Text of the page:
Arm’s length insurable employment is about transactions, not just relationships.
My brother calls and tells me he just lost his job. I can’t lend him money and there are no openings at the company I own. But I have an idea. “I’ll hire you for a phony job and fire you in 6 weeks so you can collect employment insurance.” What I’m overlooking is that my brother won’t qualify for EI benefits. That’s because (Section 5(2)(i) of) the Employment Insurance Act states that insurable employment doesn’t include employment between an employer and an employee that aren’t dealing with each other at arm’s length. However, an employment relationship between members of the same family can be insurable if the CRA thinks that two parties dealing with each other at arm’s length would have made a similar agreement. Here are 2 cases illustrating this principle.
Family Employment Is Arm’s Length
Four individuals own 100% of the shares of an Alberta company. Ownership is divided in equal shares—25% apiece. Two of the shareholders are brothers. The other two are unrelated individuals. The company, which pays the brothers a salary, claims that it doesn’t have to pay EI premiums for the brothers because their employment isn’t insurable. The brothers aren’t dealing with the company at arm’s length, the company contends.
The Tax Court rules that the brothers’ employment is insurable.
Yes, the workers are brothers. But arm’s length is about transactions, not just relationships. More precisely, the question is whether the transaction is a legitimate business arrangement between two parties, or just a collusion where one side dictates the terms. The key, said the court, is that the company and the brothers weren’t acting as one. At 50%, the brothers’ combined shares didn’t constitute ownership. To get a majority, they needed the agreement of at least one other shareholder. Therefore, the company was more than simply the brothers’ alter ego and the relationship between the brothers and the company really was at arm’s length.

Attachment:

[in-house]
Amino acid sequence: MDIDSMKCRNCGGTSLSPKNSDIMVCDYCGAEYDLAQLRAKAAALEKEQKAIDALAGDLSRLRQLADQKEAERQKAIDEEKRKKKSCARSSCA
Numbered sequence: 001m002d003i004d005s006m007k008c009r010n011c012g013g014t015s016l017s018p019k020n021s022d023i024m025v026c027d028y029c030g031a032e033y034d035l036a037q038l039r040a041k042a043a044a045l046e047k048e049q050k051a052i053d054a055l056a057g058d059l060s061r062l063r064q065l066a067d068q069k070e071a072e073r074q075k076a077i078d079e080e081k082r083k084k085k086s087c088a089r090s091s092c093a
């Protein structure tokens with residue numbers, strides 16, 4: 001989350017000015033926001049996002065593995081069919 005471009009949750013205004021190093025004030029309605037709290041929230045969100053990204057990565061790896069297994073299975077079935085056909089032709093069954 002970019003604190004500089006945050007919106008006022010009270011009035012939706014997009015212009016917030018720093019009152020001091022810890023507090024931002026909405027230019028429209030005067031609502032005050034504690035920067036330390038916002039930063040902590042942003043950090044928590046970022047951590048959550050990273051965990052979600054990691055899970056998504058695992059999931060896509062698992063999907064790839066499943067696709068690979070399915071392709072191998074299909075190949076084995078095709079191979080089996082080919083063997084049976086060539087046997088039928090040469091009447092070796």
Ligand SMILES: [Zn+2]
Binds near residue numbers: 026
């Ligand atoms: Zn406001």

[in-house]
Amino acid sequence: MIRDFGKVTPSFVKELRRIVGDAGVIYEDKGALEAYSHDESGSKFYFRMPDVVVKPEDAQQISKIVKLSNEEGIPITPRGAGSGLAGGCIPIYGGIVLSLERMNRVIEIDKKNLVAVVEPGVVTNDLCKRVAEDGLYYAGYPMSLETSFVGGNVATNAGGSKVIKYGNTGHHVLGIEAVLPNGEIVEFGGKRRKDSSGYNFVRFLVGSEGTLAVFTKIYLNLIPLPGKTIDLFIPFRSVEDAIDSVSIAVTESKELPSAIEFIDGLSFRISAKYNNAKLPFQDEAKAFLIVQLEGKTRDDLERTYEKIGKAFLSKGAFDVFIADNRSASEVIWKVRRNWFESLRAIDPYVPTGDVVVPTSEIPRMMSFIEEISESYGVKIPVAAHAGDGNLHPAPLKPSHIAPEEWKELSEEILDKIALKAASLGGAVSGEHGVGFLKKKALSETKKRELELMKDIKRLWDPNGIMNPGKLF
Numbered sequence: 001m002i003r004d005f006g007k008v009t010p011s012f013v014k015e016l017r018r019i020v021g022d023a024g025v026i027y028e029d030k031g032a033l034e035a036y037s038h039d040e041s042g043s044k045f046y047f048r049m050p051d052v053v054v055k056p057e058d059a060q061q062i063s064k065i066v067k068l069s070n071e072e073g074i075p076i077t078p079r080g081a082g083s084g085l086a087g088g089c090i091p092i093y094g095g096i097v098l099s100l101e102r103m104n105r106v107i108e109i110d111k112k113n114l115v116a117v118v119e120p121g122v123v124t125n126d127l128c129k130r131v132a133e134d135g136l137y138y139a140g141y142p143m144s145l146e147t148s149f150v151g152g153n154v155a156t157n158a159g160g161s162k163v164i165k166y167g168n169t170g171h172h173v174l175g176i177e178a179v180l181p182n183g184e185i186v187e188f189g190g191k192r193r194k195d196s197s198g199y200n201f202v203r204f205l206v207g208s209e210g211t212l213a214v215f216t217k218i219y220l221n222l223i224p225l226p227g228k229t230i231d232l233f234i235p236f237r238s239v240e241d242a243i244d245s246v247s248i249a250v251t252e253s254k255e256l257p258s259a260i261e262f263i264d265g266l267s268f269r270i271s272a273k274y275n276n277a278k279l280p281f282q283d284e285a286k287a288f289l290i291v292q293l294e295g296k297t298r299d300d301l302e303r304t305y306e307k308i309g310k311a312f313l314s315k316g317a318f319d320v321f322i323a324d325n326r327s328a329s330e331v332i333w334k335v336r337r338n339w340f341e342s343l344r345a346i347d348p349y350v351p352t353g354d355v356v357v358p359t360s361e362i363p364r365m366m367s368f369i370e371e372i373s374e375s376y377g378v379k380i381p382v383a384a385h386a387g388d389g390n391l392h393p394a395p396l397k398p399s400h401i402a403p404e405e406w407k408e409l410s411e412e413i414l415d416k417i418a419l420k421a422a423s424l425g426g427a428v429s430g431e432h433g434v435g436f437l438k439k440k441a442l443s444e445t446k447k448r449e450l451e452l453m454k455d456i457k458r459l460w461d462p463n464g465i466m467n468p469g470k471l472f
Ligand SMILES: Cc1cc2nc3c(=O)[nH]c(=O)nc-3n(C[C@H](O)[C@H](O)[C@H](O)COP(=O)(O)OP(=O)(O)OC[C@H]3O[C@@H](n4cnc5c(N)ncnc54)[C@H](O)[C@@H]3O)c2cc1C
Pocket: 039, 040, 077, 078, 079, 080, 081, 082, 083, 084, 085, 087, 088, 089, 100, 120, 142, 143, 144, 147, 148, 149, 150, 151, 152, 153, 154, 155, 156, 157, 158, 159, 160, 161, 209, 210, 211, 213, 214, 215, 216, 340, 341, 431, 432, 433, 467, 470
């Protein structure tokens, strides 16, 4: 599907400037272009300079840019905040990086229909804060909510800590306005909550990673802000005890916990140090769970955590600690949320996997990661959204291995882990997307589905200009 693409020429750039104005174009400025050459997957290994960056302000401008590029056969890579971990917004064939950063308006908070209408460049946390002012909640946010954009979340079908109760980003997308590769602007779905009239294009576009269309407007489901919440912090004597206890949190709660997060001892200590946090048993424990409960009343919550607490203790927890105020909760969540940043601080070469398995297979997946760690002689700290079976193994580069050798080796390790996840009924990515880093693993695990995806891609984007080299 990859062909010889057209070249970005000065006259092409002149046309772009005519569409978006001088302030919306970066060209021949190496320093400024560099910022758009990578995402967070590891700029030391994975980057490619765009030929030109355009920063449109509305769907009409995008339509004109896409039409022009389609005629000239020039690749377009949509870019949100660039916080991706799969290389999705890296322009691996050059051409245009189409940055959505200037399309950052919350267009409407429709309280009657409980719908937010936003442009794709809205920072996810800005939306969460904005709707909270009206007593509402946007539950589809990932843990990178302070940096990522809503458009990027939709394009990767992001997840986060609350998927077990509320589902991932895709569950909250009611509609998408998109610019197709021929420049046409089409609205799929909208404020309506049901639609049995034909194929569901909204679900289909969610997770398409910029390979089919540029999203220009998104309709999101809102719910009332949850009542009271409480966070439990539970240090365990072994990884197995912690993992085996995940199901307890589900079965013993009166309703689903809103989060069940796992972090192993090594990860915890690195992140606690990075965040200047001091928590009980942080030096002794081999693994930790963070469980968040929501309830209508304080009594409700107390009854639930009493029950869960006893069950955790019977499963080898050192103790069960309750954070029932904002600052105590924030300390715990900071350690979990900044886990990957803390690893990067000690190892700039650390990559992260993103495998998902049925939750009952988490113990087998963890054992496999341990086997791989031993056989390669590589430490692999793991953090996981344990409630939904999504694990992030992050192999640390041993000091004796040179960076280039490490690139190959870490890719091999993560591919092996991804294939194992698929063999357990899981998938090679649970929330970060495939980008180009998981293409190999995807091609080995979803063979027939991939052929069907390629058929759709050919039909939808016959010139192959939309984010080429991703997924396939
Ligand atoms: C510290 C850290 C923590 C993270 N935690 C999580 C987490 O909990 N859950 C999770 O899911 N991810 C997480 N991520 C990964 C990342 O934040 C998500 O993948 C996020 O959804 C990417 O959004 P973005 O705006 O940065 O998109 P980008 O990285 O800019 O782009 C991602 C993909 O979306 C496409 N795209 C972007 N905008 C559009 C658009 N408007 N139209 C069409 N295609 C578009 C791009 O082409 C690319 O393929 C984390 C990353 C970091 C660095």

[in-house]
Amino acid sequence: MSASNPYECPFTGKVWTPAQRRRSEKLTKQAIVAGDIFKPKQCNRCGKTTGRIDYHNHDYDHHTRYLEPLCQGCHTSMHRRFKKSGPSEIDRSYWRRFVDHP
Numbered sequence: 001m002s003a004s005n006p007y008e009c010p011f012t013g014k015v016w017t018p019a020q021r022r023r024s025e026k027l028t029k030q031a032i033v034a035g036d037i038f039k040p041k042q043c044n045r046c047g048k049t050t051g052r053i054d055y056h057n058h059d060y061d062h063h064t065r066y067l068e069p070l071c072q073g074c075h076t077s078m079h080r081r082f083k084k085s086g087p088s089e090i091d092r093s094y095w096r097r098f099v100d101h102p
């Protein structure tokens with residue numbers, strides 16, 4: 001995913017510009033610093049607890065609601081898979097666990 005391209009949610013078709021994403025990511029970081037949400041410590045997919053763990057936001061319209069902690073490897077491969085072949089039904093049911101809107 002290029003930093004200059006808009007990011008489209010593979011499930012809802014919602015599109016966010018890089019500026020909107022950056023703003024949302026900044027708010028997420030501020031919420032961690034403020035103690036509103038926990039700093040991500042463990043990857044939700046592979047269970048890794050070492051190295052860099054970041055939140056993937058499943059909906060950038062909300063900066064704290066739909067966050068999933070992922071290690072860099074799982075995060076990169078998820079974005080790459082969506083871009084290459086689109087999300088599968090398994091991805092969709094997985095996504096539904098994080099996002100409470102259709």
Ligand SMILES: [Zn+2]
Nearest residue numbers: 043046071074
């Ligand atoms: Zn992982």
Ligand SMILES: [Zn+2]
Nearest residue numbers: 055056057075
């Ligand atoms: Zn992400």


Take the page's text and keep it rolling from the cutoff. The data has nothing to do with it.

Snow White Enterprises Inc. v. M.N.R., 2006 TCC 656 (CanLII)
Family Employment Is Not Arm’s Length
The owner and sole shareholder of a health club hires a Chilean contractor to work as a janitor for $1,500 per month, and later $1,750 per month. When the contract ends, the owner hires his sister to do the job. She performs the same duties but doesn’t sign a contract. She receives $1,500 per month. She does a good job and takes on additional duties, such as reception work. So, the owner raises her salary to $2,200 per month. The Minister rules that the sister’s employment is not insurable. The owner appeals.
The Tax Court rules that the relationship between the owner and sister is not arm’s length.
The court acknowledged that the sister’s compensation and duties were similar to those of the Chilean contractor. So, on the surface, this looks like an arm’s length relationship. But, the court continued, the “manner in which [the sister] was employed was greatly different.” The contractor was engaged on a contract basis and had to put in actual hours to get paid. The sister had no contract. And, although she was never absent, if she had been she still would have gotten paid, the court explained. Conversely, she put in longer hours without getting paid for them. This showed just how different this employment relationship was from an arm’s length situation, the court concluded.
Hardcore Health & Fitness (formerly known as Hard Core Gym Ltd.) v. M.N.R., 2006 TCC 659 (CanLII)